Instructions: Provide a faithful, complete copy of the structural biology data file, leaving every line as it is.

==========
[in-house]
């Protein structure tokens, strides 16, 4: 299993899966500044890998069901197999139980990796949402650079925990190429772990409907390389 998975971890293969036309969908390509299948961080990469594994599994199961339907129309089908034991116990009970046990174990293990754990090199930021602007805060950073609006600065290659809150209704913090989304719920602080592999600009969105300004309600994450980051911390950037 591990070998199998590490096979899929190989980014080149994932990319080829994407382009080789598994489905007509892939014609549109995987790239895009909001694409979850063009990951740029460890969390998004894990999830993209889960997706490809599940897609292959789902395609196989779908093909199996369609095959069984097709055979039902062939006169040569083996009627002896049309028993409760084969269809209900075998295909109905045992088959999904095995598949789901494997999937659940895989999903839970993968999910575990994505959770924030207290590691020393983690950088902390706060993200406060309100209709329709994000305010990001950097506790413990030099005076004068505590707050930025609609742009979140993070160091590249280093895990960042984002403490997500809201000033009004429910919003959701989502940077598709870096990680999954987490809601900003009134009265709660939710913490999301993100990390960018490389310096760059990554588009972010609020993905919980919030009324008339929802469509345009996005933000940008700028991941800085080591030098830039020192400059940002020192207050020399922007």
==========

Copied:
[in-house]
């Protein structure tokens, strides 16, 4: 299993899966500044890998069901197999139980990796949402650079925990190429772990409907390389 998975971890293969036309969908390509299948961080990469594994599994199961339907129309089908034991116990009970046990174990293990754990090199930021602007805060950073609006600065290659809150209704913090989304719920602080592999600009969105300004309600994450980051911390950037 591990070998199998590490096979899929190989980014080149994932990319080829994407382009080789598994489905007509892939014609549109995987790239895009909001694409979850063009990951740029460890969390998004894990999830993209889960997706490809599940897609292959789902395609196989779908093909199996369609095959069984097709055979039902062939006169040569083996009627002896049309028993409760084969269809209900075998295909109905045992088959999904095995598949789901494997999937659940895989999903839970993968999910575990994505959770924030207290590691020393983690950088902390706060993200406060309100209709329709994000305010990001950097506790413990030099005076004068505590707050930025609609742009979140993070160091590249280093895990960042984002403490997500809201000033009004429910919003959701989502940077598709870096990680999954987490809601900003009134009265709660939710913490999301993100990390960018490389310096760059990554588009972010609020993905919980919030009324008339929802469509345009996005933000940008700028991941800085080591030098830039020192400059940002020192207050020399922007």